In my own diverse life, there’s a lot of support within the specific community, but even that gets fractured. The Latino lifestyle tends to follow a spiral path rather than a straight line. A path filled with multiple people or groups that intertwine on any given day for more than just work. It’s for living fully within a community. It’s su gente, your people. They are like family to the point that your parents’ friends are your tios and tias, your aunts and uncles. And at some point, it makes it really tricky to finding your family heritage because you don’t know who’s really blood related. But then, it doesn’t really matter because they are family, su familia. They will be there for you.You can lean on them.
This community can be relied on for everything that life throws at you. There is an expectation that you can ask for help and you will not be denied because of someone’s schedule or distance. It makes asking for help so much easier knowing that to assist is a privilege, a sign of respect. To have someone ask for help from you, means that they trust you with their situation. That they feel comfortable and confident in reaching out to you.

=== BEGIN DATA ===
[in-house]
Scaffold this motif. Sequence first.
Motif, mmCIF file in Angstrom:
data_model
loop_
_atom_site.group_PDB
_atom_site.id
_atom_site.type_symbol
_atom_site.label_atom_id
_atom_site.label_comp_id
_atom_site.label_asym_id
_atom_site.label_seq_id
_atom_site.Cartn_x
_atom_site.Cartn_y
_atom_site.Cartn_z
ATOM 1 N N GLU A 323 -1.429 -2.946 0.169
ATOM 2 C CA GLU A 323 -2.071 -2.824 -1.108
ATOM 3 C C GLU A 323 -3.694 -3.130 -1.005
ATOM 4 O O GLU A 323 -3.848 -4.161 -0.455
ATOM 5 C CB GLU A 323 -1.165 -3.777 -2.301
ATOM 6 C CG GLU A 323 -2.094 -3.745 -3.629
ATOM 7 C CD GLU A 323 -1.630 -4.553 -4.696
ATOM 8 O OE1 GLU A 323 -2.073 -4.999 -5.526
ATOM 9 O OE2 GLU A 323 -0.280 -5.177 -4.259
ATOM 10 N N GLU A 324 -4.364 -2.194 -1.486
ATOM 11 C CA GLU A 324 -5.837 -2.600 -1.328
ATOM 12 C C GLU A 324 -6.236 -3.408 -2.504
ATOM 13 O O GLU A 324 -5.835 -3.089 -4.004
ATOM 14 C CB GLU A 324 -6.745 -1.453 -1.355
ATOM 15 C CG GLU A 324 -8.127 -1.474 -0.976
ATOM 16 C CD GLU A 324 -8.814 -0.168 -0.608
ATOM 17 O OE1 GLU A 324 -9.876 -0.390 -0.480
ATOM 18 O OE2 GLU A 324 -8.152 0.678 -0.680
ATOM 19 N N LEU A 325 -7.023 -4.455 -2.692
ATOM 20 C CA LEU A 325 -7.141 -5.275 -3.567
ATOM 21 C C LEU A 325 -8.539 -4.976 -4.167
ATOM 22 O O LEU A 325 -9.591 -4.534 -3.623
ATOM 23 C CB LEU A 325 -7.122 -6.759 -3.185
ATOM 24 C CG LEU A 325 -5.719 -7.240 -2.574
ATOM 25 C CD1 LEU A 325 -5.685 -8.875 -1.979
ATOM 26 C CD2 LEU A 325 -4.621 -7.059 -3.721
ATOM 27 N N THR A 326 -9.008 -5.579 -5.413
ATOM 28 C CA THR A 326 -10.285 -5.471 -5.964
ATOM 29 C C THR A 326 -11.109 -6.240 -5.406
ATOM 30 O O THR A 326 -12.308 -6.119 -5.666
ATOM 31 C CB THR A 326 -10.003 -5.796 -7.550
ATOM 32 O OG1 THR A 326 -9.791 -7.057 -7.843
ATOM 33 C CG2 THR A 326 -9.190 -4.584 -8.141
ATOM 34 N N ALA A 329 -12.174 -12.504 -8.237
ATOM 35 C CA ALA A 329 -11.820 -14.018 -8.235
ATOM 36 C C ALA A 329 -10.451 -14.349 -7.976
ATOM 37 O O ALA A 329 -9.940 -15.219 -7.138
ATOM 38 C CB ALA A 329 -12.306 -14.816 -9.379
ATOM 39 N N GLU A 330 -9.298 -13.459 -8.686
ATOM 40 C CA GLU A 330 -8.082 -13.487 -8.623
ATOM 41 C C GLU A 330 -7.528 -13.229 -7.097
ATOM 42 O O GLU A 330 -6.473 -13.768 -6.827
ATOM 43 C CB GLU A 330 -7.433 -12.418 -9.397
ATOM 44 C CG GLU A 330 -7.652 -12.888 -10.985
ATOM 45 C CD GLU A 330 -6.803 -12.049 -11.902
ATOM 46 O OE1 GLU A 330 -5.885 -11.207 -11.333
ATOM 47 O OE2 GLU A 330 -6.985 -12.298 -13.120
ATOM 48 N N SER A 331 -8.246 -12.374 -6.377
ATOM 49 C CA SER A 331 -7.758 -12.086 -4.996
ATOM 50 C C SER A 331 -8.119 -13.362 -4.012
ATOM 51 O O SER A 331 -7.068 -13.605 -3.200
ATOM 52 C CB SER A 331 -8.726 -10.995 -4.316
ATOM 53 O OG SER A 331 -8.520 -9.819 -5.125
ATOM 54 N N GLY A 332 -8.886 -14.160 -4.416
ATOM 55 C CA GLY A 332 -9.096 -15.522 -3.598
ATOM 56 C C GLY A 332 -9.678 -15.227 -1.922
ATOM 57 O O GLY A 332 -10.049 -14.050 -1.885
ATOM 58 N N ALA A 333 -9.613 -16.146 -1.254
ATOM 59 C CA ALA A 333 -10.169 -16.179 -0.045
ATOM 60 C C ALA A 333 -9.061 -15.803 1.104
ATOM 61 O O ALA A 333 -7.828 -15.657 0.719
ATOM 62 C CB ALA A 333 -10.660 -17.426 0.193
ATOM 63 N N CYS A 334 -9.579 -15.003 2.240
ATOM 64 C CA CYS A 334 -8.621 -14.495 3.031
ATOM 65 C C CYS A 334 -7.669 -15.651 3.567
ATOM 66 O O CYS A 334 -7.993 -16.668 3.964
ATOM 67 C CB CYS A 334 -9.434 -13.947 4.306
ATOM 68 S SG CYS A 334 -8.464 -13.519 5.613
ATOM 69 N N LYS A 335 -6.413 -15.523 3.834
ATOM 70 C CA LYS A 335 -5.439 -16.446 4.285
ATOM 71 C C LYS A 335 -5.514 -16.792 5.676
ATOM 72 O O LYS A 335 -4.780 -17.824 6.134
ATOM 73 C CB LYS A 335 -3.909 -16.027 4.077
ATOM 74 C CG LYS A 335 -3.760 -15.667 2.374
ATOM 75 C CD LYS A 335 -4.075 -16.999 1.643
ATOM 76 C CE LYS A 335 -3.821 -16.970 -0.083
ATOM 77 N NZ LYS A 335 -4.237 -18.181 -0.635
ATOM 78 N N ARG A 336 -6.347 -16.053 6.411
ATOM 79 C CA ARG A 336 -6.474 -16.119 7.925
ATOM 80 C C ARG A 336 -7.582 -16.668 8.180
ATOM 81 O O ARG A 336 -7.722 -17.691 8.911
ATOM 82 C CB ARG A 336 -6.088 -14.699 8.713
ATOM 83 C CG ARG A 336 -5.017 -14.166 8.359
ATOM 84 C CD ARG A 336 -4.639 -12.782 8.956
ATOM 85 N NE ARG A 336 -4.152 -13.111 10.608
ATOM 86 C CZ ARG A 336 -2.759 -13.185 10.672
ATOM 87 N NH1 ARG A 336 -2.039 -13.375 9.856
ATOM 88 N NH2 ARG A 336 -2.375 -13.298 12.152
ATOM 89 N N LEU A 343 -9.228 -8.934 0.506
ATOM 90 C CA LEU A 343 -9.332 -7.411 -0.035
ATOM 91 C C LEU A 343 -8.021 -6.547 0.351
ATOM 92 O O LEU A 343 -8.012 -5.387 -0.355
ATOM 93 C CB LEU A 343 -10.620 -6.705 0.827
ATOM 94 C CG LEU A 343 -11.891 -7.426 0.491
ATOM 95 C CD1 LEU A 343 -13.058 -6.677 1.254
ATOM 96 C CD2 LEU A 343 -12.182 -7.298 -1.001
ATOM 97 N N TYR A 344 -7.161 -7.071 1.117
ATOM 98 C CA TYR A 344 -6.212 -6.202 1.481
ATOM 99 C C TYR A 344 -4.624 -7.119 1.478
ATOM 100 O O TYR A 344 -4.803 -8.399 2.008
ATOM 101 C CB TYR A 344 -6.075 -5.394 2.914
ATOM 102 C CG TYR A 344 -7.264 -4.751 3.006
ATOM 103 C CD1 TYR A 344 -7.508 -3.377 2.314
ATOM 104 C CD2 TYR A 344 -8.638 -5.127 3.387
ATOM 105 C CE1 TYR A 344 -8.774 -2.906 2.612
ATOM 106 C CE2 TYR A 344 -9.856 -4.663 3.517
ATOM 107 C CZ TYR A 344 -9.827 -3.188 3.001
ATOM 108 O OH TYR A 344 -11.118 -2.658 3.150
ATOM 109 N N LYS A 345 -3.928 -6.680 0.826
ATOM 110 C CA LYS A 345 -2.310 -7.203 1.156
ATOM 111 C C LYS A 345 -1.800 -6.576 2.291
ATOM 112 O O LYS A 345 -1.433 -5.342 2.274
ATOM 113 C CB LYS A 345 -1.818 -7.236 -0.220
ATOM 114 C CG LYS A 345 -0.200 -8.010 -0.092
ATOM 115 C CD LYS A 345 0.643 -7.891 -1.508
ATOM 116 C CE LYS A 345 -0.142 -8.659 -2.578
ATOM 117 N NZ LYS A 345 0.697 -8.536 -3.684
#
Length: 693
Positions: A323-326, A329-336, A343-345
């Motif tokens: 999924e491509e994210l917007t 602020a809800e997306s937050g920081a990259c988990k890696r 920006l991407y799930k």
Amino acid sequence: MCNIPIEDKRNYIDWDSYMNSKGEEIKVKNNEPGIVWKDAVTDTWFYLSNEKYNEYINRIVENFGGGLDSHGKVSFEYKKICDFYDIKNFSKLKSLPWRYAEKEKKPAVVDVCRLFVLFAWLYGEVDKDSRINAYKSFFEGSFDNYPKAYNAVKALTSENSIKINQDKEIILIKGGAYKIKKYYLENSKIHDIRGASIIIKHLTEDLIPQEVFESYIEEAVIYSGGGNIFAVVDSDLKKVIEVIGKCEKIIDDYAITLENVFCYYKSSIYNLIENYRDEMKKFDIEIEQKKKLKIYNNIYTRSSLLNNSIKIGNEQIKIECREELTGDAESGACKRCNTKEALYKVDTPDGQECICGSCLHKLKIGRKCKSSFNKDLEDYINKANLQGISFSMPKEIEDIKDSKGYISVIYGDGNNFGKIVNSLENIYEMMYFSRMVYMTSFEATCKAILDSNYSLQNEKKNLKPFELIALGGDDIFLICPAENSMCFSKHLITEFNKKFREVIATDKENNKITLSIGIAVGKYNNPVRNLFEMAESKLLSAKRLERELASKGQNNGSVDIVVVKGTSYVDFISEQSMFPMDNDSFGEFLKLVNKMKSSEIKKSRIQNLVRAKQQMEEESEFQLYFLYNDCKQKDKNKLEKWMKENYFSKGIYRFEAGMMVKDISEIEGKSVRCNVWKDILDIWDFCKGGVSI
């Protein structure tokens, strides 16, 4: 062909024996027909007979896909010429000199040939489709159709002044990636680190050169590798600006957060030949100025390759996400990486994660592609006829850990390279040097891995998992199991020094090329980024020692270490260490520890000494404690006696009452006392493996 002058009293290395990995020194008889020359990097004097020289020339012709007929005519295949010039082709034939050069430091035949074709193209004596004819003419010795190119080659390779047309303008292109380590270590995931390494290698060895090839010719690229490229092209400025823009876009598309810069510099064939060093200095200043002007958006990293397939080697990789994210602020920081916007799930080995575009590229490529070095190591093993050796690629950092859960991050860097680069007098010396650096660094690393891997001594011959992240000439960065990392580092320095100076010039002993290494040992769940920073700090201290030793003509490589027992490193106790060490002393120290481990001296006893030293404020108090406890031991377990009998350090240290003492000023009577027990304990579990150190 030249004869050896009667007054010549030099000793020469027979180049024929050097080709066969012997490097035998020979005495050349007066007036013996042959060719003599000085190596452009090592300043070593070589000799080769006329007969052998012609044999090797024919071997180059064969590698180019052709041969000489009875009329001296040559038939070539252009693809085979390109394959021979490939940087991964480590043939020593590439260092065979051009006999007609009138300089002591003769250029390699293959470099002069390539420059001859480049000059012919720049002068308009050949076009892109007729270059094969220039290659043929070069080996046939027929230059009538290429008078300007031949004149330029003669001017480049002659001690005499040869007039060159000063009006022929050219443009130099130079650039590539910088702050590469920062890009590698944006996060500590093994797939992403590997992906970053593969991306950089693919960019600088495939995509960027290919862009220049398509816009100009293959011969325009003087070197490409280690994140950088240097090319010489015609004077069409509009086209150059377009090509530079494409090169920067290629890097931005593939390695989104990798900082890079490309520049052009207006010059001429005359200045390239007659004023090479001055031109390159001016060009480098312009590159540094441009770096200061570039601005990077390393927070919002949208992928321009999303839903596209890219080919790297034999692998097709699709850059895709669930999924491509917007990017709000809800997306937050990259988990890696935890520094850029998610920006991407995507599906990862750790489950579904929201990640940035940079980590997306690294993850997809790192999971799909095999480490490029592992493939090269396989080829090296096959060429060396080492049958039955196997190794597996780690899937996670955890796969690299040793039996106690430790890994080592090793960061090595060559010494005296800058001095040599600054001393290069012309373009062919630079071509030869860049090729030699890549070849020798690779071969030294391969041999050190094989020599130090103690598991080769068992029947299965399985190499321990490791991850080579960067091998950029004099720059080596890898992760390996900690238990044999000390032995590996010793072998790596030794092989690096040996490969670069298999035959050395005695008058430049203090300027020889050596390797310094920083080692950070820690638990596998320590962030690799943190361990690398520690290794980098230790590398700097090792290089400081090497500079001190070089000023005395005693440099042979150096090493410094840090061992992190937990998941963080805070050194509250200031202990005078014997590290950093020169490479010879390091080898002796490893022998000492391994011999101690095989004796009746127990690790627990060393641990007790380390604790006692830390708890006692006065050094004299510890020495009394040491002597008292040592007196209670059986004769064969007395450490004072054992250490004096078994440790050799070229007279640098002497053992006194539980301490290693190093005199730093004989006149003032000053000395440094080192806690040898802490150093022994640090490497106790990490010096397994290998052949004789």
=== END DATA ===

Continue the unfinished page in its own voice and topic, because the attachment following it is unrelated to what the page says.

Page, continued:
To not be asked to help is a sign that you are not trusted or part of the community. That would rarely happen unless a person isolated themselves from the community. So the power lies within the person asking for help, not the person giving it.
This is the true definition of allyship. Allyship is less about a hand out, or even opening a door for others. Instead, it’s about being part of a community that leans on each other out of respect. A community is not organized in a hierarchical order but rather in rings that run in rounds, crossing paths with others and living within an even larger circle. Now, that larger circle is not a boundary, or wall of conformity. Instead, it’s an embrace, an acceptance that can grow larger as needed to care for everyone within its community.
Allyship is like Spirograph